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What John Malone wants to own outside the US

Liberty Media Chairman John Malone arrives for a morning session during the Allen & Co. Media and Technology Conference in Sun Valley, Idaho.
Daniel Acker | Bloomberg | Getty Images
Liberty Media Chairman John Malone arrives for a morning session during the Allen & Co. Media and Technology Conference in Sun Valley, Idaho.

With Time Warner Cable set to land in the hands of Comcast, John Malone's dealmaking could be on hold in the U.S. for now. But there may be more in his sights in Europe.

Liberty Global, the Malone-controlled media investment company focused overseas, has in the last couple of years gobbled up cable companies, including the U.K.'s Virgin Media for $16 billion along with Dutch operator Ziggo for $9.4 billion.

What's next? Liberty Global CEO Mike Fries told CNBC the target has shifted to companies that own or produce content rather than distribute it.

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Liberty Global CEO Mike Fries
Bloomberg/Contributor | Bloomberg | Getty Images
Liberty Global CEO Mike Fries

"There's not a lot of cable stuff left," he said in the lobby of the Sun Valley Lodge, where Allen & Co. was hosting an event for its annual conference for tech and media moguls in Sun Valley, Idaho. Malone, who is chairman of Liberty Global, is a regular attendee but had to miss this year for his granddaughter's graduation.

Fries said Liberty is interested in sports, broadcast networks, production companies, and so-called over-the-top operators like Netflix that offer programing without a pay-TV package.

"Sports makes economic sense because everyone needs it," he said, adding that broadcast offers "scale and reach" within a particular market. European over-the-top services, meanwhile, generally haven't gone as far as Netflix in the U.S. but could over time.

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Fries also said Liberty Global will probably not be interested in owning cable channels unless they are very strong networks that cable and satellite companies will want to carry.

"If they're marquee channels they work great. If they're small niche channels, they don't," he said. "It's just not in the long run where we think the value will be."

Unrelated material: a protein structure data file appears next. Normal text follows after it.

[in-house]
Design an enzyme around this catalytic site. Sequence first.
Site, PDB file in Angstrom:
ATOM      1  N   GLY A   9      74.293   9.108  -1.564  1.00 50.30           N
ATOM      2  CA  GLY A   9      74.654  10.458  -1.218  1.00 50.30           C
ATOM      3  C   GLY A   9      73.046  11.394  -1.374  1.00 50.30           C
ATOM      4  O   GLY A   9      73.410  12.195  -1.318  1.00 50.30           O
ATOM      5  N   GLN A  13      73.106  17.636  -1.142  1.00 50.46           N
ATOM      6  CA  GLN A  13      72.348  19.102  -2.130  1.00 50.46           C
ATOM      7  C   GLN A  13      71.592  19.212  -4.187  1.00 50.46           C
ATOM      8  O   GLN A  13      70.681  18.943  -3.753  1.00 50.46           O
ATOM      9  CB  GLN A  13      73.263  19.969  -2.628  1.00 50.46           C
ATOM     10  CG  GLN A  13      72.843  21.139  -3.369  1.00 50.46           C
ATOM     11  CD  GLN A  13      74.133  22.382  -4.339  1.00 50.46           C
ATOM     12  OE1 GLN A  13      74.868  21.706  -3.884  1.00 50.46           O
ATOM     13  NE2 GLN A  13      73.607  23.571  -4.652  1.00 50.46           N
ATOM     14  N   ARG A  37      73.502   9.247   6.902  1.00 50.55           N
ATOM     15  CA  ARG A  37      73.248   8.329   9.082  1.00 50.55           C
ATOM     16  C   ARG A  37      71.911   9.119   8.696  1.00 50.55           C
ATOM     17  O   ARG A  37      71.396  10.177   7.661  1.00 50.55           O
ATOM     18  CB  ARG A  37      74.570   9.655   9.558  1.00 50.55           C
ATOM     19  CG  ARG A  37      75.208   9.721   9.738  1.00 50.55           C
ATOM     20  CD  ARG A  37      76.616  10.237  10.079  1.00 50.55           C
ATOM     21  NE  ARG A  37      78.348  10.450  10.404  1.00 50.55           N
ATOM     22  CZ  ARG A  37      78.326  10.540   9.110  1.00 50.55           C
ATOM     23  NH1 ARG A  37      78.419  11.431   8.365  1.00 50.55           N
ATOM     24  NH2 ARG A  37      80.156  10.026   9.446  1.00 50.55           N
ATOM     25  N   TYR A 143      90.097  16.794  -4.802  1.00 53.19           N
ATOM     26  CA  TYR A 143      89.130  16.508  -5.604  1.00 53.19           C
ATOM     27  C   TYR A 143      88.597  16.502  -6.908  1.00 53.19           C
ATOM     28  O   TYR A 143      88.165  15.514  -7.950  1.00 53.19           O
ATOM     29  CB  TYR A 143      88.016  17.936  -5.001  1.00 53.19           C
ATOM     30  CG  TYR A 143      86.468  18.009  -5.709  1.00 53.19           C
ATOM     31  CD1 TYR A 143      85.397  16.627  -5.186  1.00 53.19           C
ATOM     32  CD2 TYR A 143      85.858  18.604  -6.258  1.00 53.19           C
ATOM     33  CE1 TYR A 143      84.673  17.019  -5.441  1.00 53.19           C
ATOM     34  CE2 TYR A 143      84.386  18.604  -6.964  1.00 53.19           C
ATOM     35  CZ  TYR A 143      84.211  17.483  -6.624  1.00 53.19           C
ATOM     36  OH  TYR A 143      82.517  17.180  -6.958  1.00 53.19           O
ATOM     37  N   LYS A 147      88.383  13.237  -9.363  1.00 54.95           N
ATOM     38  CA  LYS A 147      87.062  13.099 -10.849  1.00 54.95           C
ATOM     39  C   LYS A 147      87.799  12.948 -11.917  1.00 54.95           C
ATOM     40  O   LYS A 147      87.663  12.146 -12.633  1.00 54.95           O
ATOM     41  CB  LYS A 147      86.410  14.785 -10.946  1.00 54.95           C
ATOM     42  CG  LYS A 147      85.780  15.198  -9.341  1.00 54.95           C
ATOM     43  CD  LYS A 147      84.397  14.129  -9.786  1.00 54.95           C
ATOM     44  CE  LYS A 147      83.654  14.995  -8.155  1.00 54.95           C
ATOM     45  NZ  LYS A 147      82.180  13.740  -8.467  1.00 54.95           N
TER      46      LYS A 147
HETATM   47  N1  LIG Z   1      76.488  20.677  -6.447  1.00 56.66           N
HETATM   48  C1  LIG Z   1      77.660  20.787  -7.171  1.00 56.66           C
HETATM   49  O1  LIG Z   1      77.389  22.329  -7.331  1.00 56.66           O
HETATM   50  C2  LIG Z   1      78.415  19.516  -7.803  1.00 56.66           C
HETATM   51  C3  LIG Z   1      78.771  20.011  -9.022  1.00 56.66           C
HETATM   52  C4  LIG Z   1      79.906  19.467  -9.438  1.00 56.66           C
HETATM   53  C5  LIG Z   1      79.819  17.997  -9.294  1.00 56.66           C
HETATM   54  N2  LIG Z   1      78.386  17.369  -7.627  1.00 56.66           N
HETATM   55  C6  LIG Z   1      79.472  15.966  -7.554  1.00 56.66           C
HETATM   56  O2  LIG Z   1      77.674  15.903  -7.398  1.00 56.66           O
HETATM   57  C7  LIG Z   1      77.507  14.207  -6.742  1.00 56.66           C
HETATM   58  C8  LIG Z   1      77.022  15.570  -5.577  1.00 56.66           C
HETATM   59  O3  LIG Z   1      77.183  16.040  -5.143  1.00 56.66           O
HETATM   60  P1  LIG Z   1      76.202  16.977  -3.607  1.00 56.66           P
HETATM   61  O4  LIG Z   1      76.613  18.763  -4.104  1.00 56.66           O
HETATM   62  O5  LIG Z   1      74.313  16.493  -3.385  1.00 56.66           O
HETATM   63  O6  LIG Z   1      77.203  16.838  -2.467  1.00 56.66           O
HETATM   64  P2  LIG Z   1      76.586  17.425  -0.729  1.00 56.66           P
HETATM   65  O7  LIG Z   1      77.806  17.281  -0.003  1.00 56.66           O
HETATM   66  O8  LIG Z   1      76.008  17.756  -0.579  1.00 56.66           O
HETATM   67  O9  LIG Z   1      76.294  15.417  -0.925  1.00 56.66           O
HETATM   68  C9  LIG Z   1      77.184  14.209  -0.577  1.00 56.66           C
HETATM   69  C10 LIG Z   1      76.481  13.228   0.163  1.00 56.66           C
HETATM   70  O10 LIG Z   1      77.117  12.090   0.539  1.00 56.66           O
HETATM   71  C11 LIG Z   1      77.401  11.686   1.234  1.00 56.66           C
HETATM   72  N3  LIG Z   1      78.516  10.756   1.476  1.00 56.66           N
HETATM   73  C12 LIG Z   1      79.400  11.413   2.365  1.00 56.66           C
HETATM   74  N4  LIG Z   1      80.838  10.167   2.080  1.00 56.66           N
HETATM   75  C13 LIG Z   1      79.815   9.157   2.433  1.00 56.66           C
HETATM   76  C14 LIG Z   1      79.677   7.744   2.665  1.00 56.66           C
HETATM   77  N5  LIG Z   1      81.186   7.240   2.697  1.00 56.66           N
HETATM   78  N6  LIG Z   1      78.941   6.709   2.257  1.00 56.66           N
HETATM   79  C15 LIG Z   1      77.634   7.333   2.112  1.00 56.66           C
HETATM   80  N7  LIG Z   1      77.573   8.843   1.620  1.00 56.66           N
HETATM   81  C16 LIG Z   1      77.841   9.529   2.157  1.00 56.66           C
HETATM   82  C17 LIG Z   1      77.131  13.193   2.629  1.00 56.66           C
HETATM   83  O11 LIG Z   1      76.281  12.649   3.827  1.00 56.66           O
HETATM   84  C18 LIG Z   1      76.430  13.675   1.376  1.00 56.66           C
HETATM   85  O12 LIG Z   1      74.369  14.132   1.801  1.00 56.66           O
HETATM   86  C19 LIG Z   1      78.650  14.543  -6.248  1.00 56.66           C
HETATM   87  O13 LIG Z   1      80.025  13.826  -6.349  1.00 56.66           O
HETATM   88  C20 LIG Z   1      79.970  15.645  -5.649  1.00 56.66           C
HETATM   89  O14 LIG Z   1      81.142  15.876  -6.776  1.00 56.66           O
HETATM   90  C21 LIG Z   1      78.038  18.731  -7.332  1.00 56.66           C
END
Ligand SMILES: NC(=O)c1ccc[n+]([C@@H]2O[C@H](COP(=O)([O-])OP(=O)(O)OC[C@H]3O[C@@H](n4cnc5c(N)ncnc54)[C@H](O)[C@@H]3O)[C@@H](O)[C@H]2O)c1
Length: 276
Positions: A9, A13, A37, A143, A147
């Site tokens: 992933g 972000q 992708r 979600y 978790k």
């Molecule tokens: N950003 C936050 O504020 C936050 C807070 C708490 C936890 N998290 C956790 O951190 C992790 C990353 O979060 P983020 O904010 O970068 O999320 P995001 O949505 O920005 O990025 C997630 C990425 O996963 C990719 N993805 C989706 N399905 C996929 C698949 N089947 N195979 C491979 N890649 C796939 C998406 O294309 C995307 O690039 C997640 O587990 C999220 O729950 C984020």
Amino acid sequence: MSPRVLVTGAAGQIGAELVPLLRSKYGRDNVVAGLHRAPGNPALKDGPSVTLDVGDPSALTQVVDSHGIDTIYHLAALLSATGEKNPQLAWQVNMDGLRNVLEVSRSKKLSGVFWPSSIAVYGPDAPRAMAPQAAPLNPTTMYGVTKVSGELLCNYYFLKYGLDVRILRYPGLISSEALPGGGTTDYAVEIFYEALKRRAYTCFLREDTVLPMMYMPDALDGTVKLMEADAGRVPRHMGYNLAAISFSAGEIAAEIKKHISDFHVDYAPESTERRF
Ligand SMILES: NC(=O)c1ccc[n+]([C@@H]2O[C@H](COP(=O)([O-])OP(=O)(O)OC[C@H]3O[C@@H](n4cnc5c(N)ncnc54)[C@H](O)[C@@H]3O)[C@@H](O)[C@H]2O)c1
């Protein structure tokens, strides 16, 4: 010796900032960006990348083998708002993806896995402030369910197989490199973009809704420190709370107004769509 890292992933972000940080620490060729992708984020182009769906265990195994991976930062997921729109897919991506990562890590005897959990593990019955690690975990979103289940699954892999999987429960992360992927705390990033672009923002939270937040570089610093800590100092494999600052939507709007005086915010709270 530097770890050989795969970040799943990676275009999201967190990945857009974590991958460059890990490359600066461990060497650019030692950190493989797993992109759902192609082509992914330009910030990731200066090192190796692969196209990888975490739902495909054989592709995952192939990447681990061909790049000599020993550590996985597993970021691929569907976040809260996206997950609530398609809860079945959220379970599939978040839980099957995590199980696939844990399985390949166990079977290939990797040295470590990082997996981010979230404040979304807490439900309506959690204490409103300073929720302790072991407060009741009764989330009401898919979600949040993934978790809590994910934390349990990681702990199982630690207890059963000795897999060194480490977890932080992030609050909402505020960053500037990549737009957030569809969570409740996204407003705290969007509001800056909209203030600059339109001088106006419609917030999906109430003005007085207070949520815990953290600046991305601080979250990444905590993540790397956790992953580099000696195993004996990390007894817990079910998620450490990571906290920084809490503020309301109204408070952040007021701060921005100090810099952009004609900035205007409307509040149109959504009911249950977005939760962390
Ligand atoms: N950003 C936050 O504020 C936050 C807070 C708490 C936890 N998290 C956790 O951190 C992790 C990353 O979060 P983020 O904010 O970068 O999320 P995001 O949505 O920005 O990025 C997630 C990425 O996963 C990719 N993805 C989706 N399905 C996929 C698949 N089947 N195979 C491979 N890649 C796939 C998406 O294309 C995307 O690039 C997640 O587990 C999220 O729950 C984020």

He also stressed an important distinction between cable consolidation in the U.S. versus Europe. While big cable mergers in the U.S. can theoretically give companies more leverage over companies that own content, European markets tend to watch different programming in different languages. That makes it difficult to build a pan-European cable system with extra clout.

According to Fries, content owners in Europe have "mastered the ability" to fragment the content across different markets, which makes it hard to gain leverage over them. Even football leagues, which have appeal across countries, have managed to sell content market-by-market.

Even so, there is plenty of cost-saving opportunity when combining cable assets within markets, he said.

Asked about a potential consolidation of British Sky Broadcasting, with the Sky companies in Italy and Germany, Fries said the deal made a lot of sense for BSkyB but wouldn't threaten his business significantly. Liberty Global isn't in Italy and it carries Sky networks in the U.K. and Germany.

Twenty-First Century Fox has confirmed its interest in selling its stakes in the Italian and German companies to BSKyB, in which it also holds a minority stake.

Even without any deal, Fries said the regulatory environment in Europe was becoming more favorable for cable operators, which should help them increase revenue. As he pointed out, the typical monthly revenue per user in a given European market may be $50 per month and growing. That compares with the U.S., where "you're at $100 per month and trying to hold onto it."

Disclaimer: Comcast owns CNBC parent NBCUniversal.

—By CNBC's John Jannarone

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